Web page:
The agency maintains an investigation team that serves to prevent, identify, and prosecute possible instances of fraud. The state explains that this type of theft inflates the costs for both employers and employees throughout the state. This type of theft may be committed by not reporting other income earned while collecting unemployment benefits.

Most instances of fraud involve either providing false information or withholding critical information. A fraudulent act may also increase the amount of compensation that they are eligible to receive resulting in overpayment. Those who are overpaid may be subject to a 15% penalty.

Prevalence of Fraud

The Pennsylvania Benefit Accuracy Measurement Program released estimates that relate to the three most commonly committed forms of unemployment fraud. They estimate that 1.4% of claimants “over-reported” their income earned in efforts to receive overpayments. Roughly 2.6% of claimants falsely stated the reason why their employment ended. A failure to report other sources of income was estimated as occurring in less than 1% of cases.

Potential Criminal Charges

Pennsylvania law has several legal provisions that these crimes may be prosecuted under. These include 18 Pa.C.S. §4904 (unsworn falsification to authorities), 18 Pa.C.S. §3922 (theft by deception) and 43 P.S. §871 (false statements or representations to obtain or increase compensation).

Unsworn Falsification to Authorities

This offense is a misdemeanor of the second or third-degree. It may involve intentionally misleading a public official who is performing his duties. It may involve making false statements or submitting something in writing that has been forged or otherwise altered. Examples may include a “sample, specimen, map, boundary mark or another object” that the individual knows is not authentic.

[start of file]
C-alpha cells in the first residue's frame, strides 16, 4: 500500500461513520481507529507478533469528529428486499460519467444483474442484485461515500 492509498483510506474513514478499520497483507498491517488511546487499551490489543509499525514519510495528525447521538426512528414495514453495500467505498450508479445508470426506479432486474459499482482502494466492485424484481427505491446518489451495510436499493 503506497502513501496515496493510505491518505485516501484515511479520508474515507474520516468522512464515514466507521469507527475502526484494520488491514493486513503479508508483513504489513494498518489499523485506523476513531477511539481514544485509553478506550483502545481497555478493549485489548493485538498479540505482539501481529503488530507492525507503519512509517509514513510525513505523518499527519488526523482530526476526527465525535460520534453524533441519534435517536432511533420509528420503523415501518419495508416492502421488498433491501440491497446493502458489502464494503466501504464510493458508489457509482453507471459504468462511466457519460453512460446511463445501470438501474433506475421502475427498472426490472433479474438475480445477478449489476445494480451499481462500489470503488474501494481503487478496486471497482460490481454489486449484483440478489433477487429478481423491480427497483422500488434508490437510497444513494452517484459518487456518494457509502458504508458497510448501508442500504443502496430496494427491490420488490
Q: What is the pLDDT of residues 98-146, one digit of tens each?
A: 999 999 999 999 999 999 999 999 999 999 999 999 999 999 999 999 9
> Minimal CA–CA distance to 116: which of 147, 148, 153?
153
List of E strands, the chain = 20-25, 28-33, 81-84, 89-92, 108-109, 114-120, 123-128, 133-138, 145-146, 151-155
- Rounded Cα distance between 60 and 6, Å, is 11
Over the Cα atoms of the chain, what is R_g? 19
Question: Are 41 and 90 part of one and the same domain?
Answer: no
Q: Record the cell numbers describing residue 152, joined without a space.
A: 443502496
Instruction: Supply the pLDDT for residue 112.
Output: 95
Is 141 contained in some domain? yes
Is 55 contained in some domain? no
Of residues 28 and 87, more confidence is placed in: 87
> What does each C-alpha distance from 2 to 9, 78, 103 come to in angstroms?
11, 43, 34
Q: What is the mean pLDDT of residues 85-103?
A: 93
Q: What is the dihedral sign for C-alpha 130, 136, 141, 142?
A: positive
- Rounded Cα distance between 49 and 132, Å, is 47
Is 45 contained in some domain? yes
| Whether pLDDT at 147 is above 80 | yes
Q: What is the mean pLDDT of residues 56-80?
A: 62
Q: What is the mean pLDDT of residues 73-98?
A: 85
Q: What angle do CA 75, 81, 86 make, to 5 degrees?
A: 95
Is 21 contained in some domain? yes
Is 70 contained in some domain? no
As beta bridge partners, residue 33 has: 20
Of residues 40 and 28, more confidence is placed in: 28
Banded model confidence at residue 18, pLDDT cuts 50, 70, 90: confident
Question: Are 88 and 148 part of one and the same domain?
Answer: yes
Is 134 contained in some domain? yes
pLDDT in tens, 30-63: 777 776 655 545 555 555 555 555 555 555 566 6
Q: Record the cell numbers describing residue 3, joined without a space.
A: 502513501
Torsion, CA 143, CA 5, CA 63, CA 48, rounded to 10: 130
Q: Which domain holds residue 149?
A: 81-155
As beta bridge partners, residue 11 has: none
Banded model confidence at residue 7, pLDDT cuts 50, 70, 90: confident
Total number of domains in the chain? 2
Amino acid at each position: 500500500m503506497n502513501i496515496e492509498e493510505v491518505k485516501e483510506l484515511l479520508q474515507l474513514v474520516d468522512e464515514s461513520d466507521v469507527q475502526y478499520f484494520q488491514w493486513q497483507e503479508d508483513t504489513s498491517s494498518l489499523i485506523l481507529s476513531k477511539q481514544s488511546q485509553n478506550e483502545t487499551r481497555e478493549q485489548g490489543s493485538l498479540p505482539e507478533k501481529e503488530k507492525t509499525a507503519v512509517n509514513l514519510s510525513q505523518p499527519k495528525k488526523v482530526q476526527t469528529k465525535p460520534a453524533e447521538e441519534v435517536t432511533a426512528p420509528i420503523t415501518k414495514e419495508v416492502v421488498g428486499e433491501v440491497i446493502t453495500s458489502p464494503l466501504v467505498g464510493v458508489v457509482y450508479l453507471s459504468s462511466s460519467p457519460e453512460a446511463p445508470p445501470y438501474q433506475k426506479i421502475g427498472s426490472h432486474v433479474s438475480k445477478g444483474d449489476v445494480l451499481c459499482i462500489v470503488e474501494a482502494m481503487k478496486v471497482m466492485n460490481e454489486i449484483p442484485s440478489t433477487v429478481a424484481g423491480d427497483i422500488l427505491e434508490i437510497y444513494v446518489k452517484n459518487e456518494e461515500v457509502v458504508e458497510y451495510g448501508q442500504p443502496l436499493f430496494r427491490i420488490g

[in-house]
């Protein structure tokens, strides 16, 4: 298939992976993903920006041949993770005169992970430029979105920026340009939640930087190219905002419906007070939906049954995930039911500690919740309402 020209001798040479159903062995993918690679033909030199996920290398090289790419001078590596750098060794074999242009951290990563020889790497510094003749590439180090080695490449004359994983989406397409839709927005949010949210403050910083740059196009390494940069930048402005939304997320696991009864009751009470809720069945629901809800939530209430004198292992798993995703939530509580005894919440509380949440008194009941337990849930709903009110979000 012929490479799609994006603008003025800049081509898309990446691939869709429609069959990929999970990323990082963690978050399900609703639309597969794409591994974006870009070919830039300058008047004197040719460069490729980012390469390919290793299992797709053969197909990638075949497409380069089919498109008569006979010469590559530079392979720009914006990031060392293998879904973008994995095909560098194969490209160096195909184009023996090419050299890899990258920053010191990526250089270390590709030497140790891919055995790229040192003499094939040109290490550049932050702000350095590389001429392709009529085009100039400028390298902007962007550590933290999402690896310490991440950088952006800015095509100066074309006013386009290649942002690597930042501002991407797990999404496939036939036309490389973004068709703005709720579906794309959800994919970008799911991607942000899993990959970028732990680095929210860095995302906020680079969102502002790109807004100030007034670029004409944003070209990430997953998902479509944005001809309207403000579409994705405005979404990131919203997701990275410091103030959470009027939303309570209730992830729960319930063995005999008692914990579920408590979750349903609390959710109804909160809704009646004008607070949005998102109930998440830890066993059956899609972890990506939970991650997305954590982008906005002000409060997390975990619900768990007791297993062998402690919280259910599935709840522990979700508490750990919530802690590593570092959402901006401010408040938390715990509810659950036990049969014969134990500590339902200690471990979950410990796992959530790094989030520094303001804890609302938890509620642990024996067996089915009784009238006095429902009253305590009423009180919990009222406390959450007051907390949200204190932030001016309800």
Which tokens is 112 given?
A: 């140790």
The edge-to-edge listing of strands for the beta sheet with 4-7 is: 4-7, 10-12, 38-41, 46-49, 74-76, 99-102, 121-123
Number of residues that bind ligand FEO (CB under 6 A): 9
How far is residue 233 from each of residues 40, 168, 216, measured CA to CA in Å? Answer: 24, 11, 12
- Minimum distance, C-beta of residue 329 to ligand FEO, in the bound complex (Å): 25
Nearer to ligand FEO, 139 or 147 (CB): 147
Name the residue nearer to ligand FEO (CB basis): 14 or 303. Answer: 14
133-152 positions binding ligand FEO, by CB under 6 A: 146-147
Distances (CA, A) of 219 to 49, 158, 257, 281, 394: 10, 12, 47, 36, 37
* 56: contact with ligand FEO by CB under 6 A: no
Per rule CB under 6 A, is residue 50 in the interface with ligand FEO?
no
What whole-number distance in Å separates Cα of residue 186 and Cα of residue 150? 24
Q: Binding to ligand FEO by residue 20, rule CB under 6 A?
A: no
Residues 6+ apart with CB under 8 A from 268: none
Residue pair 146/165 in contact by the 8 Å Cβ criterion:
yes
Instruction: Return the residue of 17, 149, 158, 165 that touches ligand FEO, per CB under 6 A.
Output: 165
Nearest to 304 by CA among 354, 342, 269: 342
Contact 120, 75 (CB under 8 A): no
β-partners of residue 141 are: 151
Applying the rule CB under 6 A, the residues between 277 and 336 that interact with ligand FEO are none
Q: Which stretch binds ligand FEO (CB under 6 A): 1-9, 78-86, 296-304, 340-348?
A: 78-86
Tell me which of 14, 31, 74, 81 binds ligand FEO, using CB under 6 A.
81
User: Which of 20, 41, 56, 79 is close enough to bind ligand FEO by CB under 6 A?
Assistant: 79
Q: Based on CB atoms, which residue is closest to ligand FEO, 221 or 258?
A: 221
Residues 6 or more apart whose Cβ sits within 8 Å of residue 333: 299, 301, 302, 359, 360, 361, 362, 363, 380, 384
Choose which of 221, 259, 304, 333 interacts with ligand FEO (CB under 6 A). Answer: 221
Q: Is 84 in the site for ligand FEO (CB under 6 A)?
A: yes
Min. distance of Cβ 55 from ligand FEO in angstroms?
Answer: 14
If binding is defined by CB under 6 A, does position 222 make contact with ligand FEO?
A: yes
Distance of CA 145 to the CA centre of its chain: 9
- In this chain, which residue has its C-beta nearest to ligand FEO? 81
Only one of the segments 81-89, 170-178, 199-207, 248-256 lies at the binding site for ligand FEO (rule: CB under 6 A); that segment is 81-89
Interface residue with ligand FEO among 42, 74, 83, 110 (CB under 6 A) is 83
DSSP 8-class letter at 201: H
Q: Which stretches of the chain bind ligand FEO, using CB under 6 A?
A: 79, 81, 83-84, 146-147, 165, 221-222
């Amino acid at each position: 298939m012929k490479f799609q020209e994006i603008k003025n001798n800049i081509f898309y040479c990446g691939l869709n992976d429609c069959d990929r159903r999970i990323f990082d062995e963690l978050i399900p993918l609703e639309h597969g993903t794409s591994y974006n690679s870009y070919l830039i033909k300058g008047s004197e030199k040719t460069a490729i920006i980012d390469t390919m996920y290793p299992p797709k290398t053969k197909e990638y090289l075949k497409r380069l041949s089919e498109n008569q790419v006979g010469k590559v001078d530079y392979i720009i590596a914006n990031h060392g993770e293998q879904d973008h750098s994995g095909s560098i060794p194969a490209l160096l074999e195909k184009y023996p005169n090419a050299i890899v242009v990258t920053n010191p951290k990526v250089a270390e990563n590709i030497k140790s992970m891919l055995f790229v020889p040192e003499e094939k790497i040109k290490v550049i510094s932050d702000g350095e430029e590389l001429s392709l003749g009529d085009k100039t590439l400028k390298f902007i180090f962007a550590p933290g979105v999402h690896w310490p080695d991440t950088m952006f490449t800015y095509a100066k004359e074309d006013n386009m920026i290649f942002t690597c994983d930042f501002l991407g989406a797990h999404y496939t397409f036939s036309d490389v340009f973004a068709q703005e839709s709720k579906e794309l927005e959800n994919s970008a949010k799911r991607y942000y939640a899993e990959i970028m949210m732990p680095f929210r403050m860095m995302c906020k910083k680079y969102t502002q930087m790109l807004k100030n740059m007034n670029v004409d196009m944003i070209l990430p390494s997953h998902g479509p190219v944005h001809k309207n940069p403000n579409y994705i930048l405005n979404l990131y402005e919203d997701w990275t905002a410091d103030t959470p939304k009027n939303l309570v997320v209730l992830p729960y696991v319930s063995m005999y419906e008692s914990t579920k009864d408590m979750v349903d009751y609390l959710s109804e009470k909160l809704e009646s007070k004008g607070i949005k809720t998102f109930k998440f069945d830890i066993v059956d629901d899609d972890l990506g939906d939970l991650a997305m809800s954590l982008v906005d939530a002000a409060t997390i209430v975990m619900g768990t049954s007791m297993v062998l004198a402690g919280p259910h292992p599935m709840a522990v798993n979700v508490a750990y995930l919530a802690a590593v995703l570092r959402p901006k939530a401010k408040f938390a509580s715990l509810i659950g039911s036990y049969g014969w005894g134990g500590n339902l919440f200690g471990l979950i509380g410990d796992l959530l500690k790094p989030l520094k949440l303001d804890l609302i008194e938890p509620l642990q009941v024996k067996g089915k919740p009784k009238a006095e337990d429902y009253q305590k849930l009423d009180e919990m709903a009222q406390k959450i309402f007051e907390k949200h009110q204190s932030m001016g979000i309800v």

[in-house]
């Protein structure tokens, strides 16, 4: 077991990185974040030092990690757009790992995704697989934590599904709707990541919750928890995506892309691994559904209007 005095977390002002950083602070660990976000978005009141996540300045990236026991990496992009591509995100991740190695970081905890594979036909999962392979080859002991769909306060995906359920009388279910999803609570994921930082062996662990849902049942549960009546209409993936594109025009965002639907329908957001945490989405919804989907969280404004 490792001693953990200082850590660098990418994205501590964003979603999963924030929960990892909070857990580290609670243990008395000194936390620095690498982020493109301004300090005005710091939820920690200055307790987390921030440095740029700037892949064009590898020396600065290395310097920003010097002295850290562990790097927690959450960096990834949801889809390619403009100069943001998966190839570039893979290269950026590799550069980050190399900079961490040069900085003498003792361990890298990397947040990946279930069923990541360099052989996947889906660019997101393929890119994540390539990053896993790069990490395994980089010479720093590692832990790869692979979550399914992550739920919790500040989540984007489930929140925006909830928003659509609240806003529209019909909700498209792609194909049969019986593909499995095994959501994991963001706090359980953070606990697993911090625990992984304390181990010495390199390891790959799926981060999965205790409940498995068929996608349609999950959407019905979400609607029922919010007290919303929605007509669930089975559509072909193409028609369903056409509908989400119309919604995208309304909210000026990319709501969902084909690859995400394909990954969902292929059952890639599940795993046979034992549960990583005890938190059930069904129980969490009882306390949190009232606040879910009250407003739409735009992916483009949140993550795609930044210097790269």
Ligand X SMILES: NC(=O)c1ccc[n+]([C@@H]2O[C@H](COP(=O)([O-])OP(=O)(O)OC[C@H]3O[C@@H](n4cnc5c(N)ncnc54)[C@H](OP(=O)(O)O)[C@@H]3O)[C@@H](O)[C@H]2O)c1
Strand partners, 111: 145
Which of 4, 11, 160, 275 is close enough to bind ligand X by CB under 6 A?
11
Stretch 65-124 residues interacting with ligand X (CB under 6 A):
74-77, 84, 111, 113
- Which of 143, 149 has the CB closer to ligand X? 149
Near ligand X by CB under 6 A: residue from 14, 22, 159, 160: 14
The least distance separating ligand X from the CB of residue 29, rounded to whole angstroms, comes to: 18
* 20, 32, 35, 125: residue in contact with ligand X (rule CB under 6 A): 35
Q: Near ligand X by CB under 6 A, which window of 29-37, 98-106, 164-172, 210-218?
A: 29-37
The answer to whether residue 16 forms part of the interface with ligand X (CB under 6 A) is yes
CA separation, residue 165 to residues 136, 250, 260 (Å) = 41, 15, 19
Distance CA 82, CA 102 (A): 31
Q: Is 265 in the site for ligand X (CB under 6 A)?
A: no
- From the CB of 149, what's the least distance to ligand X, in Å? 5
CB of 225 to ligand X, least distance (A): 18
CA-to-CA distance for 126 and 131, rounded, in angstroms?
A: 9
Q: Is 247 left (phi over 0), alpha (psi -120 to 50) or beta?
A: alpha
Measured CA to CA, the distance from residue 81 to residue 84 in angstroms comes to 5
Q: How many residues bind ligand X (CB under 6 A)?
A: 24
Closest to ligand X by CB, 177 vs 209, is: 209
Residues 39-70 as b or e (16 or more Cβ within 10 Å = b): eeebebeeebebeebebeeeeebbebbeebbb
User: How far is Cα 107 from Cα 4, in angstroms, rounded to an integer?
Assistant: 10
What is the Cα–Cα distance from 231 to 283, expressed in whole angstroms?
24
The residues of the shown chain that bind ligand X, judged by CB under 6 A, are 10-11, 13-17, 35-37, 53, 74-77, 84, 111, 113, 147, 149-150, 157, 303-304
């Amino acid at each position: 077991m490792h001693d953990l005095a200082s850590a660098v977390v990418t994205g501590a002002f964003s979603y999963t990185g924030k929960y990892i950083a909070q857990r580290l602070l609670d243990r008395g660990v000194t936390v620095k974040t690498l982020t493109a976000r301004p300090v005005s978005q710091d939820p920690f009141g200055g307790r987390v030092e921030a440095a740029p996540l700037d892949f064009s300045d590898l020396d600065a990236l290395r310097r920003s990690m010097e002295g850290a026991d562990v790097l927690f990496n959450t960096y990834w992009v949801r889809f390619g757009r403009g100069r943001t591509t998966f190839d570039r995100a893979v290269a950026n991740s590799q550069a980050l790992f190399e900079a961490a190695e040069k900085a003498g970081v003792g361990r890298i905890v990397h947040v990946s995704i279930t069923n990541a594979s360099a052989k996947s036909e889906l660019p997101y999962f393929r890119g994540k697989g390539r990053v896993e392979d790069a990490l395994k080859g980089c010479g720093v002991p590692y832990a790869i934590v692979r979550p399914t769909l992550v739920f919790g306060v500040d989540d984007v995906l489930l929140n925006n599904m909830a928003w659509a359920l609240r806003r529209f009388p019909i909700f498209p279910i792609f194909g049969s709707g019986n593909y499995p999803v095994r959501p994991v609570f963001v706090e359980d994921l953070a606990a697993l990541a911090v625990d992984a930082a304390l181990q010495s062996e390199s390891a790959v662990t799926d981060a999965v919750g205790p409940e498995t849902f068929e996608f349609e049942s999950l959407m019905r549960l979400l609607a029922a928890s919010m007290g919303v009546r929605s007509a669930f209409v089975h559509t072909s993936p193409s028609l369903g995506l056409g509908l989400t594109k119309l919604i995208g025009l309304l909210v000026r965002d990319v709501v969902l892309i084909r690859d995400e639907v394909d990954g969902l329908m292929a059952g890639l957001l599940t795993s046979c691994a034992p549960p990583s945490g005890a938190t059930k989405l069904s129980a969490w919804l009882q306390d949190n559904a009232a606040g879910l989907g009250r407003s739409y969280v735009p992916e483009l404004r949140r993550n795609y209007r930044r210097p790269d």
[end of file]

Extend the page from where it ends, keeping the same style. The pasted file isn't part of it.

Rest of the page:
Theft by Deception

This is an intentionally committed theft offense charged as a third-degree felony when involving more than $2,000. Deception may involve the creation of or reinforcement of a “false impression” or preventing someone from acquiring information that is necessary to accurately assess a transaction. It may be committed by someone in a position of trust (fiduciary).

False Statements and Representations to Obtain or Increase Compensation

This is a crime that involves the intentional misrepresentation of information to unlawfully obtain compensation from a state, federal, or foreign government. The government may prohibit the offender from eligibility for unemployment benefits. Also, fines of between $500 and $1,500 and up to 30 days of imprisonment may be imposed.

Any fines imposed for the criminal offense are separate from any amount of benefits that must be repaid. This includes the restitution amount in addition to any interest that has accrued.

Pennsylvania: Grading of Offenses

Maximum Imprisonment

Maximum Fine

Third-Degree Felony

Seven Years

$15,000

First-Degree Misdemeanor

Five Years

$10,000

Second-Degree Misdemeanor

Two Years

$5,000

Third-Degree Misdemeanor

One Year